Review: The Cape Town Philharmonic Orchestra Feat. Jonathan Oshry


Cape Town  Philharmonic OrchestraTo write about music is to speak of how the soul dances.  A hard task, especially when faced with the music of three sensational composers; Carl Nielsen, Camille Saint-Saens and Gustav Holst.  The Cape Town Philharmonic’s concert at City Hall opened with Nielsen’s light yet quirky overture, Maskarade.  Conducted by Alexander Fokkens, the music lulled the audience into a state of tranquil obedience.  The music moved from the solidly dramatic to the sharp gentility of the violins.  There were slow, deep dips in the sound bursting with mysticism and enchantment, but the piece ended on a wildly dramatic note, setting the mood for the magnificence that would follow.

For Saint-Saens’ Piano Concerto No.2 in G minor, Op.22 Japanese-born Yasuo Shinozaki conducted. Having studied in Vienna and the USA, Shinozaki quickly rose to prominence with his work in Finland.  His energy was unyielding and each tone and melody could be seen flowing virulently through his figure.  He led the orchestra from goosebump-raising forewarning of danger, into softer melodic tones, capturing peace within the music.  One could physically feel the nostalgia of the piano, played masterfully by the prolific Jonathan Oshry (who can be seen in Seapoint on 29 May, hosted by the Richard Wagner Society).  As Shinozaki led the piece into a joyous celebration, Oshry’s swift, precise finger work left the audience awestruck.  The piece ended with a standing ovation and Oshry being called onto the stage three times, where he graced us with a short solo.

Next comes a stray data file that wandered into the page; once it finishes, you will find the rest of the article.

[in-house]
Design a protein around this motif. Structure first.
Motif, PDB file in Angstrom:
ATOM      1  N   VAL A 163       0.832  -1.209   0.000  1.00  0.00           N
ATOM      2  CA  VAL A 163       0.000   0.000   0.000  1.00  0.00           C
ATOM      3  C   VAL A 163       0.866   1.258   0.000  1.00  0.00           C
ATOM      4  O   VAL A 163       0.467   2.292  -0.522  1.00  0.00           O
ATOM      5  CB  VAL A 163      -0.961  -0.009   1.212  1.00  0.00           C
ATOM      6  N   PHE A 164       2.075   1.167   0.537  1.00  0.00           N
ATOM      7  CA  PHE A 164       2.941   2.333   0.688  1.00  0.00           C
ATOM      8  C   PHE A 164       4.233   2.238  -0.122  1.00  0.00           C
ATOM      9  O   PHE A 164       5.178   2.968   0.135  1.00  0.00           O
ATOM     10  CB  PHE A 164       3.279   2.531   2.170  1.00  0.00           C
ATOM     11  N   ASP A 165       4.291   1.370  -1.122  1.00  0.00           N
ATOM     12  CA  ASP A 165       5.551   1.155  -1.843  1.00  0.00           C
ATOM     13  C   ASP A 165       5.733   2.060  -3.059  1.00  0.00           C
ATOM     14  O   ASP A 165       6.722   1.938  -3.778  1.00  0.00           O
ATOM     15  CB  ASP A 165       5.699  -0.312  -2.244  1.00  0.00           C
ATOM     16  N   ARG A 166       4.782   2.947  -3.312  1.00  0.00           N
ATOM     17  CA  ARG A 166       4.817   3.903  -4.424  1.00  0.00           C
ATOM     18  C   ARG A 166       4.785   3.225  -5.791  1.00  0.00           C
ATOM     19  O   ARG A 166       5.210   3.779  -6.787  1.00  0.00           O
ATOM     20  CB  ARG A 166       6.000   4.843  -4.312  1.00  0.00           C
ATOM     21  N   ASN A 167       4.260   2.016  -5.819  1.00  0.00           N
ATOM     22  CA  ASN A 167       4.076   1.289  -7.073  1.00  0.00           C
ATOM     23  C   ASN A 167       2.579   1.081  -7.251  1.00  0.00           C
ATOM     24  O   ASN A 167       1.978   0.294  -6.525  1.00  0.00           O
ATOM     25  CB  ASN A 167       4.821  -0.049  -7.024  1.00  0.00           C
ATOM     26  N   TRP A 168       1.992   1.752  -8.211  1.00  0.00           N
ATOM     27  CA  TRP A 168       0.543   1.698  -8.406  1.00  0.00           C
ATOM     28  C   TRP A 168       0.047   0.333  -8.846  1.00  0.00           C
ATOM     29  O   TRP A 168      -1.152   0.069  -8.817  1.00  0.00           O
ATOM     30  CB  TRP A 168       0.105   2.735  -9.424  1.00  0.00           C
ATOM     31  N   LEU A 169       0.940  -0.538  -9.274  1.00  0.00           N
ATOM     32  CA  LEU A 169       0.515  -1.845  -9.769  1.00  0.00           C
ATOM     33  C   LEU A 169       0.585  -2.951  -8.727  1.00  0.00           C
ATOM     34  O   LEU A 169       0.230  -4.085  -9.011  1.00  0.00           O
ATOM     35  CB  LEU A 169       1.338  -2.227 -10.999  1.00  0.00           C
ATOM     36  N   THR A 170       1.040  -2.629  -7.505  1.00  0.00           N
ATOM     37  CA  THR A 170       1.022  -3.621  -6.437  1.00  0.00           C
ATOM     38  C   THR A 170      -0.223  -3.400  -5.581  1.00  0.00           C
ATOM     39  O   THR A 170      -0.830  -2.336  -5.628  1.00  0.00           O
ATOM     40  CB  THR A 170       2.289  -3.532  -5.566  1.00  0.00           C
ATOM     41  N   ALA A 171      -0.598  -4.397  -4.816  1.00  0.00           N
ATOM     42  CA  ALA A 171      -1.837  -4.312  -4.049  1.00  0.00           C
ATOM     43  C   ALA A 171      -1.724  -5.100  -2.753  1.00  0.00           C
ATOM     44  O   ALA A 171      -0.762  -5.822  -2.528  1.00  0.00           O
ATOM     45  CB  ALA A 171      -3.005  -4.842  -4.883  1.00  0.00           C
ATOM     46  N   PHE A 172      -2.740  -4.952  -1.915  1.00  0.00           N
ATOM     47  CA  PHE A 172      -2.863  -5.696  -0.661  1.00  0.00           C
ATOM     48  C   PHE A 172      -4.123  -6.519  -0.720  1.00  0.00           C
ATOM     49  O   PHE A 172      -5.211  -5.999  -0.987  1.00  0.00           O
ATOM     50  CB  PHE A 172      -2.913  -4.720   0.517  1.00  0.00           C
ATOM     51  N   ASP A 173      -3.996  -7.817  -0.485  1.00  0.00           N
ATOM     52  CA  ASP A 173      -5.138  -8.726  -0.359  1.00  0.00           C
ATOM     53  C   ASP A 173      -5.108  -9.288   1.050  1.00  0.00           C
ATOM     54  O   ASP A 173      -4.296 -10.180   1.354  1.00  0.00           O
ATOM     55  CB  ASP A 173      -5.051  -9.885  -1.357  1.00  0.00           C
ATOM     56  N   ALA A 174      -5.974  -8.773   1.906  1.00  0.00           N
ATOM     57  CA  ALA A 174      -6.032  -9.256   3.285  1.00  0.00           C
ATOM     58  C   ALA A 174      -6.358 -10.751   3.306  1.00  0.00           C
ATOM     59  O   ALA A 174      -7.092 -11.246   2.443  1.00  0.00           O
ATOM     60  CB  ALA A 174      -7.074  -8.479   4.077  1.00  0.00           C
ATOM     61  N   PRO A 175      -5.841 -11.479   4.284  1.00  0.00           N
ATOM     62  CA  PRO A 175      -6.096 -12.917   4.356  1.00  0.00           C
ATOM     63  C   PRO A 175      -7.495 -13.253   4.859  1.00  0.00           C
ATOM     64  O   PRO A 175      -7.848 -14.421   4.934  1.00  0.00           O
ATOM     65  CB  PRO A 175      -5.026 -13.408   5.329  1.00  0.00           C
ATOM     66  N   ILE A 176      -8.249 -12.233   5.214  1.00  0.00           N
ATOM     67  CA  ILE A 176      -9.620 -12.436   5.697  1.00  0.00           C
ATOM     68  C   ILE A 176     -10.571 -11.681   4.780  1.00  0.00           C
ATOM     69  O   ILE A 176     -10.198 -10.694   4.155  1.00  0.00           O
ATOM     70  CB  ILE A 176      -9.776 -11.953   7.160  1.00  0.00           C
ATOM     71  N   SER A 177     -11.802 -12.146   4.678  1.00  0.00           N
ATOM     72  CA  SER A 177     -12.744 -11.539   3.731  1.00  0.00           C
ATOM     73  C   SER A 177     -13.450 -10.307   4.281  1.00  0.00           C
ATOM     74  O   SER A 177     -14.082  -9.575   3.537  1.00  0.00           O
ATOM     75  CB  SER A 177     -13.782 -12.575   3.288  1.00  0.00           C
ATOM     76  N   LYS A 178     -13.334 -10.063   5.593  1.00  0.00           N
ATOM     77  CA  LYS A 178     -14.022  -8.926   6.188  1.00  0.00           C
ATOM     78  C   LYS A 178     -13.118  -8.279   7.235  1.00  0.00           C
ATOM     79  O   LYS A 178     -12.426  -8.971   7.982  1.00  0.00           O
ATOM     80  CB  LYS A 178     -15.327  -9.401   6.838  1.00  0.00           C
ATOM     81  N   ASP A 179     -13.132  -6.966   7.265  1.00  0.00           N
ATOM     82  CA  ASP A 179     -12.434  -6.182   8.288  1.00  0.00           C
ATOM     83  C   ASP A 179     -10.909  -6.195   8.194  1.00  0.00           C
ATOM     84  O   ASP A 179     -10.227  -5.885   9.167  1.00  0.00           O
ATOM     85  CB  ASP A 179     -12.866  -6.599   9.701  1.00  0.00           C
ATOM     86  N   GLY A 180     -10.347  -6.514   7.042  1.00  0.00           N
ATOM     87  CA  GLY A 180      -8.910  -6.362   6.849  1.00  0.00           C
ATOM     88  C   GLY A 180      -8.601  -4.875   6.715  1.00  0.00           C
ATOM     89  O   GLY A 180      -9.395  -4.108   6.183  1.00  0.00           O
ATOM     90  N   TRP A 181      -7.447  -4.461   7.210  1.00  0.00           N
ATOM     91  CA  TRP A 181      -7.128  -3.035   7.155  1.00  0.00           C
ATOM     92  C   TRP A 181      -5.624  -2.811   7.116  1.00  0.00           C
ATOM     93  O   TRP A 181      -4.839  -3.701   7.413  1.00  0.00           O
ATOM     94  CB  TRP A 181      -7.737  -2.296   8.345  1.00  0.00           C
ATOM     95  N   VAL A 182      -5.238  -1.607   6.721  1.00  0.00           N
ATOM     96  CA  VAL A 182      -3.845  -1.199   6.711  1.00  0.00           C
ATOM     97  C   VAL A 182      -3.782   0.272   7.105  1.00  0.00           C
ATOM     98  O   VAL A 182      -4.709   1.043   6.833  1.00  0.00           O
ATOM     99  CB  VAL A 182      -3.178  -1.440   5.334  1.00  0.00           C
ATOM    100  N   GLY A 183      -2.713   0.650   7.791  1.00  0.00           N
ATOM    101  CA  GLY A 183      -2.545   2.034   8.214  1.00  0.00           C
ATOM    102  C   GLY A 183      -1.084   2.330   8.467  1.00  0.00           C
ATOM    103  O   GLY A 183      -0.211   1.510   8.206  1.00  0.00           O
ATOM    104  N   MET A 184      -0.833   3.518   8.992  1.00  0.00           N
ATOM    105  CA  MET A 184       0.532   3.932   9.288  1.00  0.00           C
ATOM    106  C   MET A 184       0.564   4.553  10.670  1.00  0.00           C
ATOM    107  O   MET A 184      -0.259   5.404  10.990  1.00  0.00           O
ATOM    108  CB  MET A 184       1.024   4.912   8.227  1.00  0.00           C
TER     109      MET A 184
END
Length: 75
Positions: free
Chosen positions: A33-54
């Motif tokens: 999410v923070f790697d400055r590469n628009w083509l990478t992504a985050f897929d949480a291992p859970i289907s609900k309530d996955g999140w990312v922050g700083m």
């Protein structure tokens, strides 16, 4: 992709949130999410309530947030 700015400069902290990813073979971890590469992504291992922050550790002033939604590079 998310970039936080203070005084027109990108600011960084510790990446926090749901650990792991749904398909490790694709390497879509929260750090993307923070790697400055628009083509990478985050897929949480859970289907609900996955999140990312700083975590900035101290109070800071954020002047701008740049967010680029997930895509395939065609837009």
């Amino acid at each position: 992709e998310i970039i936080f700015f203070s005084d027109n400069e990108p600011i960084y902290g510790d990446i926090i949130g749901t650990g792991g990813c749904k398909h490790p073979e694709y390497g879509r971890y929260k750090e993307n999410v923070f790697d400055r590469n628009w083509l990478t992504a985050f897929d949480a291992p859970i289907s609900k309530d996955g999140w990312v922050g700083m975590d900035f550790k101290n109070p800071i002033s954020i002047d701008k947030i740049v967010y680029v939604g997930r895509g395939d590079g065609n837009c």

Holst’s epic composition, The Planets brought the night to a close.  To those who don’t know, the piece consists of seven movements, each depicting the known planets of the time.  I was hearing it ‘live’ for the first time.  The audience was first battered by the war-ridden onslaught of Mars.  The tones hammered away ominously, speaking of violence and chaos.  But soon enough, the gentle, sombre sounds of Venus arrived to heal the audience.  Once we had taken a few breaths, Mercury arrived with its playful, titillating tones and made way for the majestic resonance of Jupiter’s movement.  The middle of the movement housed what would become the famous hymn I Vow to Thee, my Country.  And what a magnificent moment that was.  I could feel the armies marching proudly and flags being raised aloft with pride and honour.  This was by far the highlight of the night for me.

This was followed by the mysterious notes of Saturn.  And once it had reached its spectacular climax we were whisked away once more by the low whirring of Uranus’ magical sounds, with Shinozaki displaying his rich musicality through his physical form. Finally Neptune carried us far out into space, to the darkest reaches of the beyond.  My body shuddered at the sound of the droning organ, the first time I had ever experienced such a sensation.  The sounds of a women’s chorus could be heard offstage as the piece came to a close, sending us into the realm of the mystical. Then, with the soft, humming sounds of the orchestra the entire audience was transported back to reality, but this time with their souls adrift and dancing.

Mustapha Hendricks

The Cape Town Philharmonic Orchestra has many more events lined up for the coming months.  For details, see our listings on


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